But Is It Buddhist?

Authors

  • Blaze Marpet Northwestern University

DOI:

https://doi.org/10.1558/bsrv.43217

Keywords:

Buddhist violence, methodology, religion

Abstract

In If You Meet the Buddha on the Road: Buddhism, Politics, and Violence, Michael Jerryson reports that his research on Buddhist violence frequently elicits two responses. The first is that the violence he has analyzed is not really Buddhist because true Buddhists are non-violent. The second is that instances of putatively Buddhist violence are not really Buddhist because they are ultimately about something besides religion, such as ethnicity, politics, or economics. This paper offers a thoroughgoing refutation of both of these responses. First, there is no principled way to establish the claim that true Buddhists are non-violent. Second, the claim that putatively Buddhist violence is ultimately about something besides religion does not provide reason against classifying the violence as “Buddhist.”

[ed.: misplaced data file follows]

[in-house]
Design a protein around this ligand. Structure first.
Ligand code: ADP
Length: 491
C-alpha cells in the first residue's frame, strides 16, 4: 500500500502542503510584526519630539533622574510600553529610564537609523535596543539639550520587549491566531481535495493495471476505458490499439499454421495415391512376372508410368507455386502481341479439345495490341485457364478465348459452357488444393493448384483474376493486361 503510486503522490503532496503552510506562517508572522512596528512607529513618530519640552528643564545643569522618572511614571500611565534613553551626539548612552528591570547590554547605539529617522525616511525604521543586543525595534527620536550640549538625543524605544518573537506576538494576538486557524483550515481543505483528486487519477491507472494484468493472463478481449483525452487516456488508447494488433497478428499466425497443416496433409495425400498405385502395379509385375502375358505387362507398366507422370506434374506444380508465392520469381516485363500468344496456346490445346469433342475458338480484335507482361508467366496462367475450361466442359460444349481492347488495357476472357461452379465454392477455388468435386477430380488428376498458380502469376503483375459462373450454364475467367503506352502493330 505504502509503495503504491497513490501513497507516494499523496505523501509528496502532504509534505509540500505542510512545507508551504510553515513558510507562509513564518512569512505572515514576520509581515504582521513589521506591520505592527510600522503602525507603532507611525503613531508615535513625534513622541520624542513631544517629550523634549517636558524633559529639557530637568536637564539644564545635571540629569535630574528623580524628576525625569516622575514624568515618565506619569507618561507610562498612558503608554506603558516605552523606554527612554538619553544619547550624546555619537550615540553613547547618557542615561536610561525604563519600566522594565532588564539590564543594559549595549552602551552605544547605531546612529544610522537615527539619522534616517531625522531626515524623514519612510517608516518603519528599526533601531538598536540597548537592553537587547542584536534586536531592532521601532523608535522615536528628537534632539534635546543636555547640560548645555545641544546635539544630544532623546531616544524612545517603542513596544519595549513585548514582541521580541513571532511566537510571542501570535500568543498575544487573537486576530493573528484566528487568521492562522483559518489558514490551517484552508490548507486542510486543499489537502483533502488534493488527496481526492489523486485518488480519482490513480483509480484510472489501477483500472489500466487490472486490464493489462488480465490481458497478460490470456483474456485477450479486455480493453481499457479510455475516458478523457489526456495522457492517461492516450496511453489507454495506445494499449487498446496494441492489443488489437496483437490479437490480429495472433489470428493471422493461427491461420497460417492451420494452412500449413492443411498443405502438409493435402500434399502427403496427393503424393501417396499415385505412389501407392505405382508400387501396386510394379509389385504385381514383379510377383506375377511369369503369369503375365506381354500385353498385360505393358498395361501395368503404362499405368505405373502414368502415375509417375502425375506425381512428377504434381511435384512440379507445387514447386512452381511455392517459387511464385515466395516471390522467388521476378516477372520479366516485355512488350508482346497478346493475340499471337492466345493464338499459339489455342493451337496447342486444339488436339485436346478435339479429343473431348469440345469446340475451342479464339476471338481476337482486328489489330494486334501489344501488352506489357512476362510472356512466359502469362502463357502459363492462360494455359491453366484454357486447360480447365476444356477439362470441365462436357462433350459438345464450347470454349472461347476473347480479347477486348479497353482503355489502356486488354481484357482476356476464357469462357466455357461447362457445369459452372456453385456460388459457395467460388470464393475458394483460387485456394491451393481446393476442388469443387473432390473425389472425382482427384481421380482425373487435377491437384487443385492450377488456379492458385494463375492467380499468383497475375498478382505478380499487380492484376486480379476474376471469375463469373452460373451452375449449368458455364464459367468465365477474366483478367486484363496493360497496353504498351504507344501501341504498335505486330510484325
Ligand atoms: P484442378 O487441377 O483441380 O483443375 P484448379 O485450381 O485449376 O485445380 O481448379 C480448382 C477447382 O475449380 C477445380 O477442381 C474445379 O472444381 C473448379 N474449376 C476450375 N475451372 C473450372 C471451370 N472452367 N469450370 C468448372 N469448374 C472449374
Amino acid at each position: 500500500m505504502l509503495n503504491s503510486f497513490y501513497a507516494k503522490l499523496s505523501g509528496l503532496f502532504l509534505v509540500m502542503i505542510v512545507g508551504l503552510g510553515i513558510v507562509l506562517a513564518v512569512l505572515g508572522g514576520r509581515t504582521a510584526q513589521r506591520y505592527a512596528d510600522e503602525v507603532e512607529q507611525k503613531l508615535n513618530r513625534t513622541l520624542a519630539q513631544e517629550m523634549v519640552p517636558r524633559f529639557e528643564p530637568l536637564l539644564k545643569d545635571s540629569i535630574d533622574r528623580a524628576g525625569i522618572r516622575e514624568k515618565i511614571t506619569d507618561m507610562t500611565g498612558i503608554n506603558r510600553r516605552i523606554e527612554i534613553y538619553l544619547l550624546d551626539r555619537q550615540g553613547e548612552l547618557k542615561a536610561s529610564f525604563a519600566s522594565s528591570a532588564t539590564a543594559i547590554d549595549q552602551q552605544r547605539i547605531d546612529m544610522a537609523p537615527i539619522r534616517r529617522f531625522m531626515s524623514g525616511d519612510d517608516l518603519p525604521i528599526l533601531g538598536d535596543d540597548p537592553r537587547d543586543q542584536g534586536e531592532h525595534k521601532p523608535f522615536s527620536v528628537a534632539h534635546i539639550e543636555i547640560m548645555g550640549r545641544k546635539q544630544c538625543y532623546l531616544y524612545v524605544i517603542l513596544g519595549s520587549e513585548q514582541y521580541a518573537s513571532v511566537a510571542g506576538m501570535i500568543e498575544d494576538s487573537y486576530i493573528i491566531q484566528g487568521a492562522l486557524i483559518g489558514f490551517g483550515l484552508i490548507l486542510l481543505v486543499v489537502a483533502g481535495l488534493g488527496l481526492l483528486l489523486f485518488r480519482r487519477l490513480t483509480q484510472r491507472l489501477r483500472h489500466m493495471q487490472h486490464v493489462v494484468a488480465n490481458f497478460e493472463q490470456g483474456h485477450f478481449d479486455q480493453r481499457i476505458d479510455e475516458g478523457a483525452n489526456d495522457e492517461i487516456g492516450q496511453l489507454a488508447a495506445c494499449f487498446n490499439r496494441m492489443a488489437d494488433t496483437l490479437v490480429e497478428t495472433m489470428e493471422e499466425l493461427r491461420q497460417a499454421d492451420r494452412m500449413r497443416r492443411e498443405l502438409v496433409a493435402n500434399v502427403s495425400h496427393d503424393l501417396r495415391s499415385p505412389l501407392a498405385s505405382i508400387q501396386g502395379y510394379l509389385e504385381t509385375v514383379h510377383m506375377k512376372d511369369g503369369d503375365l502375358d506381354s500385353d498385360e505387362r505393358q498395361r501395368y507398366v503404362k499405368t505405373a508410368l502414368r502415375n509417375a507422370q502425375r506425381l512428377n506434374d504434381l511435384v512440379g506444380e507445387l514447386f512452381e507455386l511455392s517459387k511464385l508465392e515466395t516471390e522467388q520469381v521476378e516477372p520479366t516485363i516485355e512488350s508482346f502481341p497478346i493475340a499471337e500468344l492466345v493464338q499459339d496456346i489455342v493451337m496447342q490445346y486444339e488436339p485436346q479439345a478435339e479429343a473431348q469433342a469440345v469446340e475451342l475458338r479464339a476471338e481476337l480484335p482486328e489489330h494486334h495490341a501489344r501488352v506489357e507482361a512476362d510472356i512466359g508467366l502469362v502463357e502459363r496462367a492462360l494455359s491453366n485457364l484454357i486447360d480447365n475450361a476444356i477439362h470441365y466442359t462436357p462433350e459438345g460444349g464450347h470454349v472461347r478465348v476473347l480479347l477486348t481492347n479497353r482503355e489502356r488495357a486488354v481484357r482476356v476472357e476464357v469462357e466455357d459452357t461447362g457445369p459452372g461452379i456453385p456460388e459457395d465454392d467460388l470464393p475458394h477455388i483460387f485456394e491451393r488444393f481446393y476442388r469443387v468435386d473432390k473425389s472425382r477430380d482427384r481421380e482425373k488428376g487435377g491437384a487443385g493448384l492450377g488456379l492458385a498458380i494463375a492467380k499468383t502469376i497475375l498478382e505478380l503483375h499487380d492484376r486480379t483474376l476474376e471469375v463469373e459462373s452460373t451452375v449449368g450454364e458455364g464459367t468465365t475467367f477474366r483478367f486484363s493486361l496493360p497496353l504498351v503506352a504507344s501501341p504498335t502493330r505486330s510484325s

Author Biography

Blaze Marpet, Northwestern University

Blaze Marpet is a Ph.D. candidate in the Department of Philosophy at Northwestern University in Evanston, Illinois, USA. His research interests are in ethics and epistemology in classical Greek, Roman, and Indian philosophy. More specifically, his research focuses on the role and value of reason in Plato, the Buddhist Dharmakīrti, and the Naiyāyika Vātsyāyana. He also maintains interests in the histories of logic and skepticism.

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Published

2021-07-28

How to Cite

Marpet, B. (2021). But Is It Buddhist?. Buddhist Studies Review, 38(1), 69–78. https://doi.org/10.1558/bsrv.43217

Issue

Section

Articles